When I arrived the ticket was not accepted by the barriers. The gateline man then accused me of not having a valid ticket and refused to allow me to leave the station - I had a tight (unofficial) connection to make at Southend Victoria or else have to wait for the next train, hence my unwillingness to go to another entrance. He then shouted at me and let another passenger accuse me of having an invalid ticket and most of the rest is shown on the video.

I hope that you can now understand that, in regards to the November 2014 issue, I settled out of court with a full acknowledgement of the validity of the ticket and an apology for the way I was treated.
 

cjmillsnun

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As someone else who has mental health issues I advise you to let it go. As a final act you can write to the managing director of the TOC concerned copying in the DfT explaining that the ticket was in fact valid and that you have been through this before and proven this to be the case.
The RPI can use powers of arrest and detention on reasonable suspicion of an offence. They can be wrong (they are human), but that does not constitute wrongful arrest which would be detaining someone without any suspicion or proof of an offence.
If anything this is a customer service issue.

For your own health, let it go.
 

319321

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This thread was asking a specific question. It was not to discuss my issue, though obviously the reason for opening it is related to that. Other forum members seem determined to discuss the issue and make untrue representations about how my ticket was invalidband how I lost my last court case to which I responded.

Can we get back to discussing whether or not the human rights act applies to train operating companies or not and have a reasoned discussion about it?
 

Tetchytyke

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Can we get back to discussing whether or not the human rights act applies to train operating companies or not and have a reasoned discussion about it?

Not really, because what you want as an outcome is inherently bound up in the discussion.

If your ticket is valid and c2c agree it is valid then detention may be a breach of Article 5. However this will depend on what form the "detention" took, who detained you, and under which circumstances it took place, given that RoRA allows railway staff to detain in certain circumstances. There is an argument- although not one I particularly agree with- that the TOC is carrying out a public function under the HRA when upholding RoRA or the Byelaws. If they are not a public body or carrying out a public function there can be no breach. However they are almost certainly not a public body when conducting their day-to-day business of providing railway transportation.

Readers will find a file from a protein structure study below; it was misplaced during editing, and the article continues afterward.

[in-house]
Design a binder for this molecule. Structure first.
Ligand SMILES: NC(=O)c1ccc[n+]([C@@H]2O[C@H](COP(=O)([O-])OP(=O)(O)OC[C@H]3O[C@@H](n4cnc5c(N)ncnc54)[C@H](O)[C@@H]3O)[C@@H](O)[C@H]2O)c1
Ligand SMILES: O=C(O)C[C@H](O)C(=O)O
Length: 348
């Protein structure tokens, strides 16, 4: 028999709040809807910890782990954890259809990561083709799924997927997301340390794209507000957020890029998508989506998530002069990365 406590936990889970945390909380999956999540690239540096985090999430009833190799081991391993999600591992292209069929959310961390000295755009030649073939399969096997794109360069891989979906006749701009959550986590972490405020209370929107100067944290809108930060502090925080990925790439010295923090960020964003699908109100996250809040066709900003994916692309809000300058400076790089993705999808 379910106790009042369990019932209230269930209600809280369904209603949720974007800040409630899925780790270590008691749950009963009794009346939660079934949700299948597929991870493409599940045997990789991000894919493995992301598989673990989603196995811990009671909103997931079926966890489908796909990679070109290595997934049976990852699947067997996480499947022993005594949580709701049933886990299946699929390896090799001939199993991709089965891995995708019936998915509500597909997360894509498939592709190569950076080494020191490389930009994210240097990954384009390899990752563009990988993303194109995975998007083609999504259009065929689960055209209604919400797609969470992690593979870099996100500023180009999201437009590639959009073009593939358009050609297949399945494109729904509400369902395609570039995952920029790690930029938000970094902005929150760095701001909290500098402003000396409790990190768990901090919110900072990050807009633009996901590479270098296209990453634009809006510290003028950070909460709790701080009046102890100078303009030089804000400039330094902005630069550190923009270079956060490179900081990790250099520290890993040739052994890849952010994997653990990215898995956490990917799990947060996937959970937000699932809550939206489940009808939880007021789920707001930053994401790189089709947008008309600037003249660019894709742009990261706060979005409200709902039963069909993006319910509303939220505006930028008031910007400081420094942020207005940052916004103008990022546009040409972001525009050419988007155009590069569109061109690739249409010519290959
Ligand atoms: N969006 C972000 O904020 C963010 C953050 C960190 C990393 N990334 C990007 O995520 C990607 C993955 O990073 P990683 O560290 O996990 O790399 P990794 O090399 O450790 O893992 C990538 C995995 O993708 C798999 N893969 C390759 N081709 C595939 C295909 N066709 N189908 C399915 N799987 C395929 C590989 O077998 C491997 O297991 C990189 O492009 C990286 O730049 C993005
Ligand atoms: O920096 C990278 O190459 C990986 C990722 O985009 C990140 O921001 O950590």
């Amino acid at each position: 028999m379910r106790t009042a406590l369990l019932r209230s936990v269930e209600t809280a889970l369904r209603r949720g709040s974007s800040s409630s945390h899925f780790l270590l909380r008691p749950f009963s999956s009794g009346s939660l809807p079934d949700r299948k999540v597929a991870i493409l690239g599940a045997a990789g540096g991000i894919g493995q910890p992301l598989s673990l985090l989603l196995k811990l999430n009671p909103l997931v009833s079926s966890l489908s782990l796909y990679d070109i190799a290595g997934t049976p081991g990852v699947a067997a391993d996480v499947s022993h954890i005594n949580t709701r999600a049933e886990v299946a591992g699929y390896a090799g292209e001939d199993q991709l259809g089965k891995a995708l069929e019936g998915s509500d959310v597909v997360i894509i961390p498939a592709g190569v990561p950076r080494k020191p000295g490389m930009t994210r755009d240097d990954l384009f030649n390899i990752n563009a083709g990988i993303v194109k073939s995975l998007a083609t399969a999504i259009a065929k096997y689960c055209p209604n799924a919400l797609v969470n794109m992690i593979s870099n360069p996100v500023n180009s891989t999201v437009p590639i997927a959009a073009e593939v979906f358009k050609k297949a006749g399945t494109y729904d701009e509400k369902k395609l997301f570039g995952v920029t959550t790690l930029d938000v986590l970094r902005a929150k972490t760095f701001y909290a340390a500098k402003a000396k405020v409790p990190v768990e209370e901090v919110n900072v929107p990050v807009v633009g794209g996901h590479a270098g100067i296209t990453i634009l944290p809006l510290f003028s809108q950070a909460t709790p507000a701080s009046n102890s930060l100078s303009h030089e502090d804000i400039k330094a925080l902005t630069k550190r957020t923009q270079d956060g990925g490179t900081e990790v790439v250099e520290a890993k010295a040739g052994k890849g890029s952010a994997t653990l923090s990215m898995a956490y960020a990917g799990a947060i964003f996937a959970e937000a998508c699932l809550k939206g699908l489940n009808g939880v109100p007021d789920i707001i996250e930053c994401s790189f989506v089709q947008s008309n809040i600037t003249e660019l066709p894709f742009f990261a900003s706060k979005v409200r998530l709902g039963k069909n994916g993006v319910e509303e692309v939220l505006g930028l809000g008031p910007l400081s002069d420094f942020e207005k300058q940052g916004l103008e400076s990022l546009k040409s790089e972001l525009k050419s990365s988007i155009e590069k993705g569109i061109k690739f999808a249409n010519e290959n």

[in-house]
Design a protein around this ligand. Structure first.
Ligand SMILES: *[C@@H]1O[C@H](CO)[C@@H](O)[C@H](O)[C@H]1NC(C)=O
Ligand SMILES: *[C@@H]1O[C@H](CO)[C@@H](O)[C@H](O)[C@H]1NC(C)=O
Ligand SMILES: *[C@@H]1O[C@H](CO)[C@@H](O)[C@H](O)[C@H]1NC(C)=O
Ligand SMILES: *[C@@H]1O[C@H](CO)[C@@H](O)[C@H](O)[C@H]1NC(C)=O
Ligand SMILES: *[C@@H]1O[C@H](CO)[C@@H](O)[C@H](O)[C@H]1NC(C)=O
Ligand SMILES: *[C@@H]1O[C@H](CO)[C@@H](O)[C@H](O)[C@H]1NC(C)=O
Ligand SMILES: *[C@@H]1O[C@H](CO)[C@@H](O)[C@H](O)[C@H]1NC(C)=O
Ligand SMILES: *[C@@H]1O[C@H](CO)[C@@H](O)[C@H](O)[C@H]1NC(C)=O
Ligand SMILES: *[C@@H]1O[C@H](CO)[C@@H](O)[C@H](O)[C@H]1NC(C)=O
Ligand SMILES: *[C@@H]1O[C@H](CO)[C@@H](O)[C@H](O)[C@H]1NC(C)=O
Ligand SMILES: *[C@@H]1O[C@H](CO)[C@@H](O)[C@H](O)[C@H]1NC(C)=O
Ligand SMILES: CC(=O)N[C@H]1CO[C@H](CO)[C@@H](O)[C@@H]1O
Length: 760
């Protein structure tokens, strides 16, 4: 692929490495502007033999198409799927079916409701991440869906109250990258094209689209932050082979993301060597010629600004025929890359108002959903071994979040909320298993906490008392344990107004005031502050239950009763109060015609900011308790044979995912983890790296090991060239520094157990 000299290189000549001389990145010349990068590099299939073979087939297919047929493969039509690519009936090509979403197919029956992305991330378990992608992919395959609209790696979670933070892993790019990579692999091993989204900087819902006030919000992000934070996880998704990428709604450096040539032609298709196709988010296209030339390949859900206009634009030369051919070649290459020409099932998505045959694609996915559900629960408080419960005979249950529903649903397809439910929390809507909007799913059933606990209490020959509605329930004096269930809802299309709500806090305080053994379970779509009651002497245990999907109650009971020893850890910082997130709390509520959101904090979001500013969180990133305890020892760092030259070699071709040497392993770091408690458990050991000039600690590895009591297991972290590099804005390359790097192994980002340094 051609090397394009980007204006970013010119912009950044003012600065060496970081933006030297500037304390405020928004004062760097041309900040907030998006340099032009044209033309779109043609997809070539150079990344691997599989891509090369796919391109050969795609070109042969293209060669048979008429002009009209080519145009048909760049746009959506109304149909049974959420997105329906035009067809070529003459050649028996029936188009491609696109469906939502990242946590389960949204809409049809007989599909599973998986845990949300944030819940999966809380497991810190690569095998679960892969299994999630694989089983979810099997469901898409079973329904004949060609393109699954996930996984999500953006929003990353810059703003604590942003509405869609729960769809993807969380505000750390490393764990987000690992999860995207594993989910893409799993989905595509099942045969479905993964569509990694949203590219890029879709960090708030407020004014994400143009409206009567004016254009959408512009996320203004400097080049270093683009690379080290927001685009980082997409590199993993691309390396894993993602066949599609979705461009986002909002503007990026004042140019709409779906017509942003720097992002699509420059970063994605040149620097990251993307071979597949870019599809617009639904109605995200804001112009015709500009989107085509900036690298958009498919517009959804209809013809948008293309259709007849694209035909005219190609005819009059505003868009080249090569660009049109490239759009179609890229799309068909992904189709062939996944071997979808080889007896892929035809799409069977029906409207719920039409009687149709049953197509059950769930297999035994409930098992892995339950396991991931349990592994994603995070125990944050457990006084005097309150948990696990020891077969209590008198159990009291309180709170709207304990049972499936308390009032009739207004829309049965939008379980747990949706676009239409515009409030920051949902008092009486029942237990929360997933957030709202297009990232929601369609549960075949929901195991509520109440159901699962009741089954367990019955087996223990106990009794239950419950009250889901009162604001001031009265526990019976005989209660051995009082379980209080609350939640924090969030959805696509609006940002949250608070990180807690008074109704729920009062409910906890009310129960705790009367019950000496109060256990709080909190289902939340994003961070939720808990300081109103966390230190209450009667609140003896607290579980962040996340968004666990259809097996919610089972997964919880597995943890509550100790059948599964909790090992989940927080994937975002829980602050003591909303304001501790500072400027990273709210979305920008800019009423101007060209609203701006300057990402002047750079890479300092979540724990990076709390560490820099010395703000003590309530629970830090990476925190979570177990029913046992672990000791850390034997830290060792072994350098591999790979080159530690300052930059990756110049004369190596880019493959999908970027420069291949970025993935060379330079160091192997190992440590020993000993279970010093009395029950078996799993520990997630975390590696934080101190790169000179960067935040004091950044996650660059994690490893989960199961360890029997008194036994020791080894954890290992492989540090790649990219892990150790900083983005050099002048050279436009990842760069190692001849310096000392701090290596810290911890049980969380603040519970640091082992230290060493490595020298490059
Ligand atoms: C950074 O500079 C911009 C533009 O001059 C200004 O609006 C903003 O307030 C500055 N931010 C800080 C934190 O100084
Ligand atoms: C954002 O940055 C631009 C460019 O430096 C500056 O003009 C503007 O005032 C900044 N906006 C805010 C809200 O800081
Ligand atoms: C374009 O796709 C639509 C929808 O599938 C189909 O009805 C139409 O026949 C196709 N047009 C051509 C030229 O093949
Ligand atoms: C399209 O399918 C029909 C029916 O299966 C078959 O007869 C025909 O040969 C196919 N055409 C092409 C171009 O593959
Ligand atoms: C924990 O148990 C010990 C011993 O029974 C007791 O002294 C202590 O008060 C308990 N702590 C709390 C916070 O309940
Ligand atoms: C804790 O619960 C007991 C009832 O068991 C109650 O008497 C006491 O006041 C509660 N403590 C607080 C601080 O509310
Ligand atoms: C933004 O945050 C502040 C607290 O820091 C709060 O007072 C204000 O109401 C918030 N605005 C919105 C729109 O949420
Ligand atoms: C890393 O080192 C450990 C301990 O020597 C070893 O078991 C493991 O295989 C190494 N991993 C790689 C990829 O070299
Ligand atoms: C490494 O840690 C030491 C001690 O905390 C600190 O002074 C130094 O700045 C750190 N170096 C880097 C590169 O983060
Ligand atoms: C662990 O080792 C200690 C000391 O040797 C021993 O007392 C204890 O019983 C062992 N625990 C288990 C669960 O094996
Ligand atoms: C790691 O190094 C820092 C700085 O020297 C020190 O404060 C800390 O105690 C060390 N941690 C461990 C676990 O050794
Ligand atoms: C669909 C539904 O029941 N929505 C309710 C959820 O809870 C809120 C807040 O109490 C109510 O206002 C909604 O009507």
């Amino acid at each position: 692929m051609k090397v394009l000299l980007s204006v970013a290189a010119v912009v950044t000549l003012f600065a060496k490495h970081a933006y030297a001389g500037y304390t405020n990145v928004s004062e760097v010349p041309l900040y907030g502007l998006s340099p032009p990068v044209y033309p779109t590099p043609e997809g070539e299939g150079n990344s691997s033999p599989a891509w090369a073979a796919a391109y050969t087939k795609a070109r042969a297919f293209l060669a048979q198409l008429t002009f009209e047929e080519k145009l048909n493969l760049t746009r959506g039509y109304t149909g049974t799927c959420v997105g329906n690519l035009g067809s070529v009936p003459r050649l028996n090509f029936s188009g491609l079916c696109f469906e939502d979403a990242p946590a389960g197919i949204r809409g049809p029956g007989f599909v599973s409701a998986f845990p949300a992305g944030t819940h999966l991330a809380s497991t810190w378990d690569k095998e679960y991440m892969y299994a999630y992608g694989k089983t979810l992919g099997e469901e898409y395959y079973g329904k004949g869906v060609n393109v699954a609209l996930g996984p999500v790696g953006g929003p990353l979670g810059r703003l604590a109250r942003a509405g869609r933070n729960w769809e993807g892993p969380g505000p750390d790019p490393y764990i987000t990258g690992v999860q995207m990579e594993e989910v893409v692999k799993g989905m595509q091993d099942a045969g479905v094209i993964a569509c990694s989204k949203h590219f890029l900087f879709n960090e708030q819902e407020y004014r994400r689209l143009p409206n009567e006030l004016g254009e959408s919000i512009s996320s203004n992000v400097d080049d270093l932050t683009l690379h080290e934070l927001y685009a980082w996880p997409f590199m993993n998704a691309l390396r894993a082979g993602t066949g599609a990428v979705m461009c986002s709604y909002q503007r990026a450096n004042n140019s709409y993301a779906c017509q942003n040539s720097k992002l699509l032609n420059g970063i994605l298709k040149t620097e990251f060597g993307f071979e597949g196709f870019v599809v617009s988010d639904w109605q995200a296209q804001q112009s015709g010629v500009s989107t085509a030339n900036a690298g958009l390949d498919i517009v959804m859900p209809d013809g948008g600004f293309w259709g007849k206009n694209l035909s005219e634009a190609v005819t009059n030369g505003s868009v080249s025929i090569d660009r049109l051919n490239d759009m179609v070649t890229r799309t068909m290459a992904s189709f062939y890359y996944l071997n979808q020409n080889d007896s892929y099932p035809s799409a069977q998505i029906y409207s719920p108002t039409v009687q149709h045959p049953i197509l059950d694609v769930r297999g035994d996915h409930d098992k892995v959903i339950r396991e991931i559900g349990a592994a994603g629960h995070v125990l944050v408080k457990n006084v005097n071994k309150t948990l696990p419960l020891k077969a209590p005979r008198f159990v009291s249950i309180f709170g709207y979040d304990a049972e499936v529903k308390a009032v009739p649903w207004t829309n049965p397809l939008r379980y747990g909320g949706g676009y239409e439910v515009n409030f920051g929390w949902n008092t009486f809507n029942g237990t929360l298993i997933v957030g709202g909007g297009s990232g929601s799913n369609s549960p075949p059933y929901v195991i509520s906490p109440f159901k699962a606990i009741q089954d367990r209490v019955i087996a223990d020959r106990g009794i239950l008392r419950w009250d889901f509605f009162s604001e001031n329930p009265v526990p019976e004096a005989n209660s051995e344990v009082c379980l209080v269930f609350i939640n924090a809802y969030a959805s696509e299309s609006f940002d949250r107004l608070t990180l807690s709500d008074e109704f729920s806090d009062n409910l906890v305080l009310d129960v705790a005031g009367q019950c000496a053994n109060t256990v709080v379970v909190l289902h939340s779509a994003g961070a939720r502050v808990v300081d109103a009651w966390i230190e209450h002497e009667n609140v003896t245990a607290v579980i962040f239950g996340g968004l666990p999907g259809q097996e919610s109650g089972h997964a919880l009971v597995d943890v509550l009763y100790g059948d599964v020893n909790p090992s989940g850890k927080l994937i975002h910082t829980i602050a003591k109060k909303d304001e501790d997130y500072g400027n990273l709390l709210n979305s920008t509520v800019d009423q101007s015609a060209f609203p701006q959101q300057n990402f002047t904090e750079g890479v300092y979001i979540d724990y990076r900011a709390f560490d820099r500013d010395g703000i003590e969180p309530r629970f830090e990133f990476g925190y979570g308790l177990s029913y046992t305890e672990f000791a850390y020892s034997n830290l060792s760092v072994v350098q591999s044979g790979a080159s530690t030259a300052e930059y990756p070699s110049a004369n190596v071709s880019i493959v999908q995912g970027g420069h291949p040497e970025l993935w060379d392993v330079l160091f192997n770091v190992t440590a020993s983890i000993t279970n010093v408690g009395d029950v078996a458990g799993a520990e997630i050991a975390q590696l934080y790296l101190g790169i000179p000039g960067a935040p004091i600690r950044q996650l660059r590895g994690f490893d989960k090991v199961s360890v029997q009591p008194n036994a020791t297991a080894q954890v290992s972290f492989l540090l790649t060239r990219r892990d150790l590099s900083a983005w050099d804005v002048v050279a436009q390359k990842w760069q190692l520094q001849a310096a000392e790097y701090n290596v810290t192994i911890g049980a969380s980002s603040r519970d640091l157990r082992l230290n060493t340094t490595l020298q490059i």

My view is that a TOC is not a public body for the purposes of the HRA, any more than a security guard operating in a supermarket would be. You may have a claim for the tort of false imprisonment, but you wouldn't have a claim for a breach of the HRA.

If the ticket was not valid, or c2c argue it was not valid, then the detention will probably be lawful. Any discussion of this will also depend on the terms of the settlement you reached with c2c.

The Byelaws allow railway staff to exercise their powers if they have a "reasonable belief". This belief can, of course, be incorrect, just as long as it is reasonable. I see nothing to suggest it was unreasonable for the ticket barrier staff to believe the ticket to be invalid at Southend Central, given that c2c say it is an "error" that NRES said it was.

Unless you are wishing to sue for an article 5 breach- and good luck to you if you are, you'll need it- I see no point in taking this discussion further. And even if you are, you should be seeking legal advice, as failure in court can be very very costly.
 
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theblackwatch

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I think the outcome of this discussion is that most people do not think it applies - probably not the answer the OP wanted to hear. Given that this is probably more a legal subject, I would suggest the OP takes it up with the legal profession if they think they have a case with regard to non-compliance and wish to take the matter forward.